The 20,000 enrollment goal has been criticized by some faculty and Boone community members. During a November 2019 Faculty Senate meeting, faculty expressed concerns about the potential of negatively impacting the university’s academic quality as well as resources and space for the increase in students.

These concerns were exacerbated when the state started to shut down in March due to the COVID-19 pandemic, and the university stated a month later that it was still charging toward the 20,000 enrollment goal. Through the spring and summer, university employees and community members have expressed concerns about bringing students back to the area.

As of Aug. 25, App State was one of the largest University of North Carolina universities still holding in-person classes during the COVID-19 pandemic. UNC-Chapel Hill, N.C. State, East Carolina and UNC-Charlotte have each made the transition to hosting all undergraduate classes online amid rising COVID-19 infection rates.

Since students moved to campus on Aug. 10, App State has seen an uptick in case numbers. On Sept. 1, the active case count included 46 students and one employee. Since March 27, the university has confirmed a total 188 cases in students, 25 in employees and 41 in subcontractors.

Kayla Lasure and Anna Oakes contributed reporting to this article.

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(1) comment


How did they do it? Lower standards dramatically. Facts. Acceptance rates have increased 40%! It is open enrollment with transfer students. Professors have publicly reported that failure rates have doubled. Retention rates and graduation rates have begun to fall, and will drop when it all catches up. No academics, just parties, bounce houses, upscale dorms, football, and other things to attract students that are more interested in fun instead of learning. The admin and the students agree that App needs a great football coach, but we can get by with part-time instructors instead of quality professors.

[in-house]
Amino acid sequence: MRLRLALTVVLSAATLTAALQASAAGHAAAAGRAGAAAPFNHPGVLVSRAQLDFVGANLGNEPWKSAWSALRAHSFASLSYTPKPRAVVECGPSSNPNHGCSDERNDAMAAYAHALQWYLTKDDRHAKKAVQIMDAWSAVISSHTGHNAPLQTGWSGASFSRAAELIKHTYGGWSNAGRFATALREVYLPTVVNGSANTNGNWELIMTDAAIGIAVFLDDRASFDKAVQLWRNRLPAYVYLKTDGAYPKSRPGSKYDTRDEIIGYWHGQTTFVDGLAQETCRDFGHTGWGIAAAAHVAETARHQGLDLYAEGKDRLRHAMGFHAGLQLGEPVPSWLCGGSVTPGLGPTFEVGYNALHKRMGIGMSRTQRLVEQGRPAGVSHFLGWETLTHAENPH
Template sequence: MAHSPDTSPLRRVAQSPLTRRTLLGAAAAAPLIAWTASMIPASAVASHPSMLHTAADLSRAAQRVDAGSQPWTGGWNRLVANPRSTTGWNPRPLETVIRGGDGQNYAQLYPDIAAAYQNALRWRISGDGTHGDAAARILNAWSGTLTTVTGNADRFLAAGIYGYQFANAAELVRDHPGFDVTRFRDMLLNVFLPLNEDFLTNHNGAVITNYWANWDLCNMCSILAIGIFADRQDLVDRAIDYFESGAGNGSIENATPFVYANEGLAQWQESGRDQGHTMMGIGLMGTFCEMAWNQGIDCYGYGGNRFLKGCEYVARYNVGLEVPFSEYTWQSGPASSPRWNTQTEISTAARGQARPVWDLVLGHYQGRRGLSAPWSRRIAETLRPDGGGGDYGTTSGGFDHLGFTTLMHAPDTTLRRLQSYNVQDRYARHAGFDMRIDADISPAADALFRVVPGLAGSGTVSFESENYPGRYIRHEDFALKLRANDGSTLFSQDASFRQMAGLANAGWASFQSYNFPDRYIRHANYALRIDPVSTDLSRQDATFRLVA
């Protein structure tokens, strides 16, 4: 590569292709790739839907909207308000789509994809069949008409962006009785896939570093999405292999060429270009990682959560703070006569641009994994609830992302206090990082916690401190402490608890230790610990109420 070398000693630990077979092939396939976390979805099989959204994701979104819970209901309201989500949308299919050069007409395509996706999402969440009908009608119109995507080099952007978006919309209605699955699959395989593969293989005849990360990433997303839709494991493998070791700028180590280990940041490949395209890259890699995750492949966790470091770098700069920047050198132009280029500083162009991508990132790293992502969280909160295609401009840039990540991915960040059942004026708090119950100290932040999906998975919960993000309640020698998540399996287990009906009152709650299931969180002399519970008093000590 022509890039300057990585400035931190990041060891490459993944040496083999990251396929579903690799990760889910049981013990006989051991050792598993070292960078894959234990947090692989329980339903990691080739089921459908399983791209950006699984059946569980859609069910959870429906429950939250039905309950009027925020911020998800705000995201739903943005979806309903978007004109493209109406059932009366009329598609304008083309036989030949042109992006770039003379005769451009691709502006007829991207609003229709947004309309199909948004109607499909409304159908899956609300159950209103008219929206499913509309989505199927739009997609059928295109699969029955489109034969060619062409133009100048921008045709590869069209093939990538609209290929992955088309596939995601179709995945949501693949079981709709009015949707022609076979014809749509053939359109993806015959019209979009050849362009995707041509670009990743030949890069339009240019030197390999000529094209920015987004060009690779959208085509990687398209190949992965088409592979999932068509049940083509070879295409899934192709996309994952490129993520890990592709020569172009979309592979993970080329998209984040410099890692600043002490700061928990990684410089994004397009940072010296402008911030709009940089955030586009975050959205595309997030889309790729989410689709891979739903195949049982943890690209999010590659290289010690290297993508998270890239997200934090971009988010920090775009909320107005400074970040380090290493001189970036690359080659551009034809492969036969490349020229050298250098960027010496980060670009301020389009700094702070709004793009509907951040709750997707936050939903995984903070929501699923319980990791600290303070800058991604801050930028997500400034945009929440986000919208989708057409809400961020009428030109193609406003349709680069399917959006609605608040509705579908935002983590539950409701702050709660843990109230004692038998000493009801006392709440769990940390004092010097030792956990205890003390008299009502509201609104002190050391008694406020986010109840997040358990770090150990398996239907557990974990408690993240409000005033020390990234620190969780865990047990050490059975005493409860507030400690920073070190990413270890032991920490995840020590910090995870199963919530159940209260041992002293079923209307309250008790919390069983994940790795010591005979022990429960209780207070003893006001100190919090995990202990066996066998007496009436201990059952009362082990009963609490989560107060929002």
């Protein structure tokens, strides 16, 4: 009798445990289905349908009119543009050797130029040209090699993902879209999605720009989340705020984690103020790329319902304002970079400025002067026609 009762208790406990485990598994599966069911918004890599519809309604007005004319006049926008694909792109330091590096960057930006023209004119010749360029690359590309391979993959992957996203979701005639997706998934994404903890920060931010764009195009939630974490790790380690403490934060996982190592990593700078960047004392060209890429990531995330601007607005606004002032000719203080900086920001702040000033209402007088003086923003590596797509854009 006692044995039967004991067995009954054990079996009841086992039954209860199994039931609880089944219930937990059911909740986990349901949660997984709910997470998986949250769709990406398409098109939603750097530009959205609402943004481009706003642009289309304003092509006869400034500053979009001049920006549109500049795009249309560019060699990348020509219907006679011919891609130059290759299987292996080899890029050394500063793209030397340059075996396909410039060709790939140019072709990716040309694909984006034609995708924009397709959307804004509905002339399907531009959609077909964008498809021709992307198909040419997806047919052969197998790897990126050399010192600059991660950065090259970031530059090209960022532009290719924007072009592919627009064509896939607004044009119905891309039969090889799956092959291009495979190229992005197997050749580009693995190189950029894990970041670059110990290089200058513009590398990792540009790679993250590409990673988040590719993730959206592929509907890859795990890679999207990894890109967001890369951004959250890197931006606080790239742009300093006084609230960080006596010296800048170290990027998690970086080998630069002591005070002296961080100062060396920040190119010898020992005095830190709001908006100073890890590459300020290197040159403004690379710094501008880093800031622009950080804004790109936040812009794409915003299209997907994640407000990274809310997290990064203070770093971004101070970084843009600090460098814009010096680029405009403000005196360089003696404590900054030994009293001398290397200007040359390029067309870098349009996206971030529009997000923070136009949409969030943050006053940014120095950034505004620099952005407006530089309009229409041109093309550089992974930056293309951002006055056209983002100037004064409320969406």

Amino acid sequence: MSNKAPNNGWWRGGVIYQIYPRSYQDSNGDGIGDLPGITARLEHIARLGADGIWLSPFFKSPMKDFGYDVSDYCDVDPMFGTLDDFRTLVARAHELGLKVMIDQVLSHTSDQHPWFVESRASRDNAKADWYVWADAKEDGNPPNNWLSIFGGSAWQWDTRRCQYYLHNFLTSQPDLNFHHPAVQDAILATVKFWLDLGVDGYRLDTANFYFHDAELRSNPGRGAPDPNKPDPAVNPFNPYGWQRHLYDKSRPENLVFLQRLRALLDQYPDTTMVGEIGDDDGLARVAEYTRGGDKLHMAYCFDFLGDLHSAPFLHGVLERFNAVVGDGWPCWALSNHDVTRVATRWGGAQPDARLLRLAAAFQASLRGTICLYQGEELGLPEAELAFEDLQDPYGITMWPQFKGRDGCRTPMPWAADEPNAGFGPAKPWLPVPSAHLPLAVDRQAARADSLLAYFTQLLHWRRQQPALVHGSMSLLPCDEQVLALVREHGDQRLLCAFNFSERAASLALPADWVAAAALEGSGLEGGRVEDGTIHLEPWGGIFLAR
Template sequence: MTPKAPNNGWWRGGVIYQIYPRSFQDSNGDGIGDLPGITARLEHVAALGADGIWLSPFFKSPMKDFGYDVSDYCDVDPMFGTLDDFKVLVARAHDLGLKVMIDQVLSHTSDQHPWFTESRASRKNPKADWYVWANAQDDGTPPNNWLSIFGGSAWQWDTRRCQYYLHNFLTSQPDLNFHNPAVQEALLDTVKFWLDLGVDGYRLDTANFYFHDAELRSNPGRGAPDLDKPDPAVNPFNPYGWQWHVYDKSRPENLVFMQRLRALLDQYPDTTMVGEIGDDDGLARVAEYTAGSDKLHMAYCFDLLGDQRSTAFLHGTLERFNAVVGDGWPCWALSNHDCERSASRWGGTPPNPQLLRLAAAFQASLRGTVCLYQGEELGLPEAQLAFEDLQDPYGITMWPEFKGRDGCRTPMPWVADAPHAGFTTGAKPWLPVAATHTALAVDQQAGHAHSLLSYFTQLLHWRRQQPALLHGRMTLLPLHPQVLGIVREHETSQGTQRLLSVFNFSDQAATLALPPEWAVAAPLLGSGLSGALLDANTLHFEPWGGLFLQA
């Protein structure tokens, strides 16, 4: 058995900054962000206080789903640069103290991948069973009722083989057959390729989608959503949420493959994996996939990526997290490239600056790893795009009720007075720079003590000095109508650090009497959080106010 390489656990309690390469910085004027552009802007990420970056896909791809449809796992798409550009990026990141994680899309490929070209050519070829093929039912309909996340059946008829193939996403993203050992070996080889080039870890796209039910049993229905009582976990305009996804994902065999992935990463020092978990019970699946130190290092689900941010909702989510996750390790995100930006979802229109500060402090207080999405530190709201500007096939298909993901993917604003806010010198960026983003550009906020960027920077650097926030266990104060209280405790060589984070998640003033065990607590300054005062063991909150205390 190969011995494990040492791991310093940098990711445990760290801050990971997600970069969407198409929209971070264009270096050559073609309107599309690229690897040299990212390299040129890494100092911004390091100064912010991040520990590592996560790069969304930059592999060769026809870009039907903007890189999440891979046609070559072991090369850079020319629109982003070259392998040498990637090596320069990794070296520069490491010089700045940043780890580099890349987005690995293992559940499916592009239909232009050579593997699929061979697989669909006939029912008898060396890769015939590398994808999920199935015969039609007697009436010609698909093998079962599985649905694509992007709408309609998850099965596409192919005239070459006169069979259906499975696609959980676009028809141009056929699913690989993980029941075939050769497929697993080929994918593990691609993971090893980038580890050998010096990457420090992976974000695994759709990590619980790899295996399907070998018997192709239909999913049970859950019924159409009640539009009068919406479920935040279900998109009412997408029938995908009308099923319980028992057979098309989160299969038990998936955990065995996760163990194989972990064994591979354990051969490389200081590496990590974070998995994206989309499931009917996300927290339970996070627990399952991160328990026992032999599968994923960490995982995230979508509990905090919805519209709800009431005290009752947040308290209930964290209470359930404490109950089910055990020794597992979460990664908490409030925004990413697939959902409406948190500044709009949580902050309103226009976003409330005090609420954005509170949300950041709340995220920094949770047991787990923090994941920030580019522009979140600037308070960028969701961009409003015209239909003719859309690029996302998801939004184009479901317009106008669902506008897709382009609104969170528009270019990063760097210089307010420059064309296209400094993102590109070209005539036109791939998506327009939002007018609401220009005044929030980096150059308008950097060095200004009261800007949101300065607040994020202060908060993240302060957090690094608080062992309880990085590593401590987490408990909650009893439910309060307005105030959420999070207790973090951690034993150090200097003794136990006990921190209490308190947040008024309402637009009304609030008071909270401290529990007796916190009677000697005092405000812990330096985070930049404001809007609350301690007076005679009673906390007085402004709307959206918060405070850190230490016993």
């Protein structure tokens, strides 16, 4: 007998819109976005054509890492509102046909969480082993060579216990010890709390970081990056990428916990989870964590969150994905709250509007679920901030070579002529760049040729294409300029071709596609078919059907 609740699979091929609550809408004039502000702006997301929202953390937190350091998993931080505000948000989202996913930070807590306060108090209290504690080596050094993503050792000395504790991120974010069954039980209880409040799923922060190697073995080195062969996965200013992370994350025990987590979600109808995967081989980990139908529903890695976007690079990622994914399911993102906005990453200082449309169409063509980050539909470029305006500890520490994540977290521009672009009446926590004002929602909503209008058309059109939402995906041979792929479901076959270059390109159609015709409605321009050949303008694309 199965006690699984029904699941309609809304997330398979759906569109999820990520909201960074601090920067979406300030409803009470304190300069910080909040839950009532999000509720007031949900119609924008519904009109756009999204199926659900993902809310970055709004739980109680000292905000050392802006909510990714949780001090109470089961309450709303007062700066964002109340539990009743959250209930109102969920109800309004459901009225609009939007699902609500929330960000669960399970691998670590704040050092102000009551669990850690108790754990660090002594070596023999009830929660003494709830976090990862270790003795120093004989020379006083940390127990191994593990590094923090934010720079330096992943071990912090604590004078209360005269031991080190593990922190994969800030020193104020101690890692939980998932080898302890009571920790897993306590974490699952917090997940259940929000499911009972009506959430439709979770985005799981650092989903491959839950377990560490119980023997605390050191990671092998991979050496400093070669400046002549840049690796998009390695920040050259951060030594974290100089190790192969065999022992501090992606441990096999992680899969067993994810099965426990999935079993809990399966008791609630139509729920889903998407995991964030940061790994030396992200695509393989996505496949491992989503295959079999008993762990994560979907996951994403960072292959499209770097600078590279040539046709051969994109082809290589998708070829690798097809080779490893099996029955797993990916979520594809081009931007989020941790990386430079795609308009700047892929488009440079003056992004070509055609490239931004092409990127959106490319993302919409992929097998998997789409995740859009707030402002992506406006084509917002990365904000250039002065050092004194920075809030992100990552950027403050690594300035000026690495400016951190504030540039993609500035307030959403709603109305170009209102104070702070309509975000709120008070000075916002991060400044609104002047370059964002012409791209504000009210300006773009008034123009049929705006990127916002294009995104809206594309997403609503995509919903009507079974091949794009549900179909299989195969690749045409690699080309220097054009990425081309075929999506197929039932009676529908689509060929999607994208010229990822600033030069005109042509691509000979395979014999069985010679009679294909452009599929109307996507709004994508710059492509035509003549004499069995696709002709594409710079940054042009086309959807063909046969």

But this leads to a sorting. The word is out and now the best HS students no longer want to come to Appalachian. It's just not an accomplishment any longer. The value of an App degree has fallen, and it looks like it will continue. So we get students interested in fun. The ones interested in learning go elsewhere.

Ah I miss the days of Peacock. He pushed back on the UNC system's requests for App to grow. He understood it was better for the university and town to not grow enrollment. He didn't play games with the numbers and hiding behind transfers. App was riding high with a stellar reputation. No longer. This Chancellor has ruined App's academics and Boone's quality of life.

And you know it's not much of an accomplishment to increase diversity in the student body when you throw out the standards. An accomplishment would be doing it while maintaining standards. They deserve no credit because a kid could meet simple numbers if you throw away any standards.

All this will lead to long term damage, but this Chancellor will have long moved out of her bulletproof office (another example of her wasteful spending). The rest of us will be left to rebuild what has been damaged.